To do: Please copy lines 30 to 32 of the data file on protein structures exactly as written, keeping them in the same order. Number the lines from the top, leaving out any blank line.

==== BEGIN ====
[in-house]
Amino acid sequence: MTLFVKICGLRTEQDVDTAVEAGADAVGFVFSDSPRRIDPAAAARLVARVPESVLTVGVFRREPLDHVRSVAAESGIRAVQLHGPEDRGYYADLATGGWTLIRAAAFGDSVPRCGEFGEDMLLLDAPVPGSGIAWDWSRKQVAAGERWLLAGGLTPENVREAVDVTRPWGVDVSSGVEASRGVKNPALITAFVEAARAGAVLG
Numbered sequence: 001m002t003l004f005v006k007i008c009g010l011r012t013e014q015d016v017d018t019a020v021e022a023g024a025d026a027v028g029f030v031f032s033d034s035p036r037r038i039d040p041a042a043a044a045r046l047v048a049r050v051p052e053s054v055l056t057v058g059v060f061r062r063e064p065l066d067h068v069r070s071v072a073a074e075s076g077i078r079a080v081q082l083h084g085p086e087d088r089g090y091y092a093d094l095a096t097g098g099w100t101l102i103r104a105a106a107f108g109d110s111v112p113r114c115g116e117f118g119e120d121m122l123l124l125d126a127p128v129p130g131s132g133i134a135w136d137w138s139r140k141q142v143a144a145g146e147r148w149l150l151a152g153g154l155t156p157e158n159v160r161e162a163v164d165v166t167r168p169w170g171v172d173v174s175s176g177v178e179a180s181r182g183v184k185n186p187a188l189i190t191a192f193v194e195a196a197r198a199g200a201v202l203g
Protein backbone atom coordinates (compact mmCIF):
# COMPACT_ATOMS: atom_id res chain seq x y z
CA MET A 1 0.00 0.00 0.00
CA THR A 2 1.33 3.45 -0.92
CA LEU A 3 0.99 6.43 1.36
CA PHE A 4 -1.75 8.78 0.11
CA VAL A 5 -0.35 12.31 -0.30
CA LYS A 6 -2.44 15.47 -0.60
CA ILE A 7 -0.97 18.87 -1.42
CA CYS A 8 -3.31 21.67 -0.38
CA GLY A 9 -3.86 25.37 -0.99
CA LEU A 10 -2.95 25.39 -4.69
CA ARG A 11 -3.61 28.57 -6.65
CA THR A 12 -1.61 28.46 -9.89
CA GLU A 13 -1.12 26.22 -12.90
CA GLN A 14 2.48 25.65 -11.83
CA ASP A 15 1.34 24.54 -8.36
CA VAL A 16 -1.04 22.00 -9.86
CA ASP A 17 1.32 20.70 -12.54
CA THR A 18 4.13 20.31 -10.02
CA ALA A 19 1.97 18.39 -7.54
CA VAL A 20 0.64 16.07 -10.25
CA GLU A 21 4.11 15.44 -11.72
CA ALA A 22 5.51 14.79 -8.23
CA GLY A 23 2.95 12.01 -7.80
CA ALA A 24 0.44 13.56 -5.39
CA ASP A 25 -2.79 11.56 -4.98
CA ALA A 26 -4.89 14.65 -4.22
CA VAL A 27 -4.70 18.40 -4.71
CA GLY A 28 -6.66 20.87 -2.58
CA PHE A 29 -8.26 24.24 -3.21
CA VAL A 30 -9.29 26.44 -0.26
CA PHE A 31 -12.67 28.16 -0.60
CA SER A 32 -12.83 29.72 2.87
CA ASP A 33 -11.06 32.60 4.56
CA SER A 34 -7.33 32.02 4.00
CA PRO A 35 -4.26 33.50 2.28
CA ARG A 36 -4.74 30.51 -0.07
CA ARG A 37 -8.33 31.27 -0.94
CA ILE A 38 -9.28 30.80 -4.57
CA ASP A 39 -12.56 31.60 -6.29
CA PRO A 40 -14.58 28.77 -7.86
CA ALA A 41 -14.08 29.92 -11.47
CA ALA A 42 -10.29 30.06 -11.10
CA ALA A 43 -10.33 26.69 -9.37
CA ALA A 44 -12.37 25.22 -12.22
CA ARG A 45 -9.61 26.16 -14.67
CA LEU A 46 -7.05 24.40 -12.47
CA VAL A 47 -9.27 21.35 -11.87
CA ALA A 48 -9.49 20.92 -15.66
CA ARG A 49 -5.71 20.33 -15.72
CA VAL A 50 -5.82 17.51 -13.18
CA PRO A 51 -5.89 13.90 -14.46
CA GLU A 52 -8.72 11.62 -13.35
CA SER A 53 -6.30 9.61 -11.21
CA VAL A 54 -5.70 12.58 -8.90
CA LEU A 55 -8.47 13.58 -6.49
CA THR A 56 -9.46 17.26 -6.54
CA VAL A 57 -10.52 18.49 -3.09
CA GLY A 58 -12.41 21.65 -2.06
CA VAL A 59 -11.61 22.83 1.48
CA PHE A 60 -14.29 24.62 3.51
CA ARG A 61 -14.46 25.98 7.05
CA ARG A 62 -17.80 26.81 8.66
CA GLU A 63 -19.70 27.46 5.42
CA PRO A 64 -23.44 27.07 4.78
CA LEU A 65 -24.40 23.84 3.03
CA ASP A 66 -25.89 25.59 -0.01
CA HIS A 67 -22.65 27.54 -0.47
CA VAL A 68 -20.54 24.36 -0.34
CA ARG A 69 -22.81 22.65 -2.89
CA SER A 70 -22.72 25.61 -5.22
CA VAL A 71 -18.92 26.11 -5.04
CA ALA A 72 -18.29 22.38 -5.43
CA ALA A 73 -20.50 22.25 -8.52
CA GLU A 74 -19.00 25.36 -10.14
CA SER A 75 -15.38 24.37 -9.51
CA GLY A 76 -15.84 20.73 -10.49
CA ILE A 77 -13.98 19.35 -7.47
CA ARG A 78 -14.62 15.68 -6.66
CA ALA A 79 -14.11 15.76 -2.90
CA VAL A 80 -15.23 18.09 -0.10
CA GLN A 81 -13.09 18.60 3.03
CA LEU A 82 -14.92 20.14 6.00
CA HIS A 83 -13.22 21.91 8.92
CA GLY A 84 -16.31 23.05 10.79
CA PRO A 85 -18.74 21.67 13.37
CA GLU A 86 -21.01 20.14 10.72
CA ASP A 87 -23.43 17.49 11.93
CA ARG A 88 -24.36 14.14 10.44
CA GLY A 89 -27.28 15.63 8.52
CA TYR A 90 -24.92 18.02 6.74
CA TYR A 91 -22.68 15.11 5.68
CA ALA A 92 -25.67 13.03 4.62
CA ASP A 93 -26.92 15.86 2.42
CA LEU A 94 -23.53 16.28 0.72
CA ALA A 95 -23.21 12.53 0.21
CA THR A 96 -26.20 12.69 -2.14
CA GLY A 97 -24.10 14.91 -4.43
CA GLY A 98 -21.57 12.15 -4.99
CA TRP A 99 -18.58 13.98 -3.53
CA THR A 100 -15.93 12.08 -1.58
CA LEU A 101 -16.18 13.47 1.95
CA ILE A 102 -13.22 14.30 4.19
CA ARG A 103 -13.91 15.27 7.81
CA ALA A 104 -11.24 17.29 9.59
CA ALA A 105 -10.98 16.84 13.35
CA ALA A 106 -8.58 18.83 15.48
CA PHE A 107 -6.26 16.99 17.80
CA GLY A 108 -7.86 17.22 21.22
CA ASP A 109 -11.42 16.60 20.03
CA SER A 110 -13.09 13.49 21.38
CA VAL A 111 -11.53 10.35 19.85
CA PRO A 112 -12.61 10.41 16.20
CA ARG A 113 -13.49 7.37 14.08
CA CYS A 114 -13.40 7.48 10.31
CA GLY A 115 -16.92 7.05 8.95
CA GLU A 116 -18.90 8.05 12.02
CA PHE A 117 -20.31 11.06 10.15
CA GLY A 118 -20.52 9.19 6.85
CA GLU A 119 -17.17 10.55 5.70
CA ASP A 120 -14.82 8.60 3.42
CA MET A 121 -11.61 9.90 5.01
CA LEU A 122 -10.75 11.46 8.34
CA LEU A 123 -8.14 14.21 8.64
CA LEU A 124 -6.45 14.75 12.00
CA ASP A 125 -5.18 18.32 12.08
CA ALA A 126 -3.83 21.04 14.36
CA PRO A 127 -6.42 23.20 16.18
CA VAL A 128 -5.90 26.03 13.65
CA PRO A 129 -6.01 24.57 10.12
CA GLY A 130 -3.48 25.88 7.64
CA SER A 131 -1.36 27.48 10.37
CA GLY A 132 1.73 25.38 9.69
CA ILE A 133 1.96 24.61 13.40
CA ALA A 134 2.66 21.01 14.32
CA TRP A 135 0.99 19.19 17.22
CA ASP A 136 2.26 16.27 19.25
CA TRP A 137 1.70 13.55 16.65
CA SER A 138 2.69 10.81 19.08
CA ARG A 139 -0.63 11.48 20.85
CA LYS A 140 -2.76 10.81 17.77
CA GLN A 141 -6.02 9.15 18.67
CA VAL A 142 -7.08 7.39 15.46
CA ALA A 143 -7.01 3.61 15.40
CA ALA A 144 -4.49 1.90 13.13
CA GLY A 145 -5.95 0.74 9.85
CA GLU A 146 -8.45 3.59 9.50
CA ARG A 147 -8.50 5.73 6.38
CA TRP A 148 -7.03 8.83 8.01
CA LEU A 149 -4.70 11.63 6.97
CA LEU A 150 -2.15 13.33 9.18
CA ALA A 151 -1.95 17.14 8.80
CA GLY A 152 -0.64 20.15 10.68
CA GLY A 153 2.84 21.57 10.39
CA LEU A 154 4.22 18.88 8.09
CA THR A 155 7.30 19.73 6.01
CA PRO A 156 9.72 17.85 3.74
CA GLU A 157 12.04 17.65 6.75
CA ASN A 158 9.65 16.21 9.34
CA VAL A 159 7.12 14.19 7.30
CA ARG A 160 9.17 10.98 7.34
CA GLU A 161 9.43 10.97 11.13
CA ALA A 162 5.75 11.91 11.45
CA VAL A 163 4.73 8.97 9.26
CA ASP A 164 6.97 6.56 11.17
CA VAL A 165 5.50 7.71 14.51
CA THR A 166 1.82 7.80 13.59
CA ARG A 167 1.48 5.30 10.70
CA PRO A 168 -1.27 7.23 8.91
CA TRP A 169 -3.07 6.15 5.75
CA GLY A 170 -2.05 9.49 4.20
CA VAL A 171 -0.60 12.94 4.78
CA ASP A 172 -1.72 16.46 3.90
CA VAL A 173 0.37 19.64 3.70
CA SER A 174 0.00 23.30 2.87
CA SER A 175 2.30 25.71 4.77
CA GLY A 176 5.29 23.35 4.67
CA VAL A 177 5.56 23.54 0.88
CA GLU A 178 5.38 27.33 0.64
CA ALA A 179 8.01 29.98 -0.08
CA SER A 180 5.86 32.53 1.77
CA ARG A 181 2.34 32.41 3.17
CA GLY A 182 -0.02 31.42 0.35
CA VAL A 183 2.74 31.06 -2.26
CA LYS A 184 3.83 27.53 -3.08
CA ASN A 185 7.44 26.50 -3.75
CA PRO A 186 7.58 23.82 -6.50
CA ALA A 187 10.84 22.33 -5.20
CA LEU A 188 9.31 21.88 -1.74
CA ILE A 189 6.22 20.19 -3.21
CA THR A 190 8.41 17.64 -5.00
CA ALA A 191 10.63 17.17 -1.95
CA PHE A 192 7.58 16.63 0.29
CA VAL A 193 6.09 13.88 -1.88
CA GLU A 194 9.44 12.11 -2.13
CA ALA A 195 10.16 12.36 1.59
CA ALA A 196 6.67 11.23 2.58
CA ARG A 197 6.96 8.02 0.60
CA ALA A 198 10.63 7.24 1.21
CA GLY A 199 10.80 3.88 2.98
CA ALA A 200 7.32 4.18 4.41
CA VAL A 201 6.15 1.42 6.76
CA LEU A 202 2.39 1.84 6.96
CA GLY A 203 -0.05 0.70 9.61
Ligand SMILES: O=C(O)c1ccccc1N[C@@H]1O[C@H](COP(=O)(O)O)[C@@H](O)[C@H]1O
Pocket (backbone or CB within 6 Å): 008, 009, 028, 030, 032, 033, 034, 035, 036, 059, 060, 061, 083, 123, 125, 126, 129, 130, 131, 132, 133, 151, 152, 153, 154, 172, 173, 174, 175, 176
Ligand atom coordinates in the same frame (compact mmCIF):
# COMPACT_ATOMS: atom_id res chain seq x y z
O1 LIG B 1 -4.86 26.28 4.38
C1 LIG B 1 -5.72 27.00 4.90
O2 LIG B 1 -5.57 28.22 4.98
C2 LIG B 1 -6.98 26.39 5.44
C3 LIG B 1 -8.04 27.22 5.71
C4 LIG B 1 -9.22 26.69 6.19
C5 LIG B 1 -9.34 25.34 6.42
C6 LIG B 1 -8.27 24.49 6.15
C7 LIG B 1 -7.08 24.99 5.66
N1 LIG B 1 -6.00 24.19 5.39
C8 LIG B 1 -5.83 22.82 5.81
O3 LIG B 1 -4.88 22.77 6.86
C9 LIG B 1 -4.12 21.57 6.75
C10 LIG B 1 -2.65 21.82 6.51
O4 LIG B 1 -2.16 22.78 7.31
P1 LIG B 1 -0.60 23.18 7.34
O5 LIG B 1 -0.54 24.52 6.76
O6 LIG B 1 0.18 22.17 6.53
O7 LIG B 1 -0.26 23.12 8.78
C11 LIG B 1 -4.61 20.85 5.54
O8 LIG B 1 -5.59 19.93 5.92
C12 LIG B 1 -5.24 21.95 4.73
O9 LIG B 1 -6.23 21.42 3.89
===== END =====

CA ASP A 25 -2.79 11.56 -4.98
CA ALA A 26 -4.89 14.65 -4.22
CA VAL A 27 -4.70 18.40 -4.71